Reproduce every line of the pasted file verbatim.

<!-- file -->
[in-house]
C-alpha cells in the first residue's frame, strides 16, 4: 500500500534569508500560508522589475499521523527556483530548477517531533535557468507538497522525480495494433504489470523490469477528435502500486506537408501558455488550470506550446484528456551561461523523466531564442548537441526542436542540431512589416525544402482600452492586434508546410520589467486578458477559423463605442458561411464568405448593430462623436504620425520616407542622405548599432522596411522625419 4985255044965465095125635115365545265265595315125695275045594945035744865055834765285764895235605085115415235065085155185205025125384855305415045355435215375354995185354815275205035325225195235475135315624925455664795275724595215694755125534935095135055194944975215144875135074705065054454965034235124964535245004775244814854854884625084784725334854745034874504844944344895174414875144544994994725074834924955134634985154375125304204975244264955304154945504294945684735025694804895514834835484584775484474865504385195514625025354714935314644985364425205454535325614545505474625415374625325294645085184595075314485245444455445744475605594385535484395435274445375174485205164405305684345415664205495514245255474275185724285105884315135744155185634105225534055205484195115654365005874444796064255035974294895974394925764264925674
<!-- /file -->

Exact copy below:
[in-house]
C-alpha cells in the first residue's frame, strides 16, 4: 500500500534569508500560508522589475499521523527556483530548477517531533535557468507538497522525480495494433504489470523490469477528435502500486506537408501558455488550470506550446484528456551561461523523466531564442548537441526542436542540431512589416525544402482600452492586434508546410520589467486578458477559423463605442458561411464568405448593430462623436504620425520616407542622405548599432522596411522625419 4985255044965465095125635115365545265265595315125695275045594945035744865055834765285764895235605085115415235065085155185205025125384855305415045355435215375354995185354815275205035325225195235475135315624925455664795275724595215694755125534935095135055194944975215144875135074705065054454965034235124964535245004775244814854854884625084784725334854745034874504844944344895174414875144544994994725074834924955134634985154375125304204975244264955304154945504294945684735025694804895514834835484584775484474865504385195514625025354714935314644985364425205454535325614545505474625415374625325294645085184595075314485245444455445744475605594385535484395435274445375174485205164405305684345415664205495514245255474275185724285105884315135744155185634105225534055205484195115654365005874444796064255035974294895974394925764264925674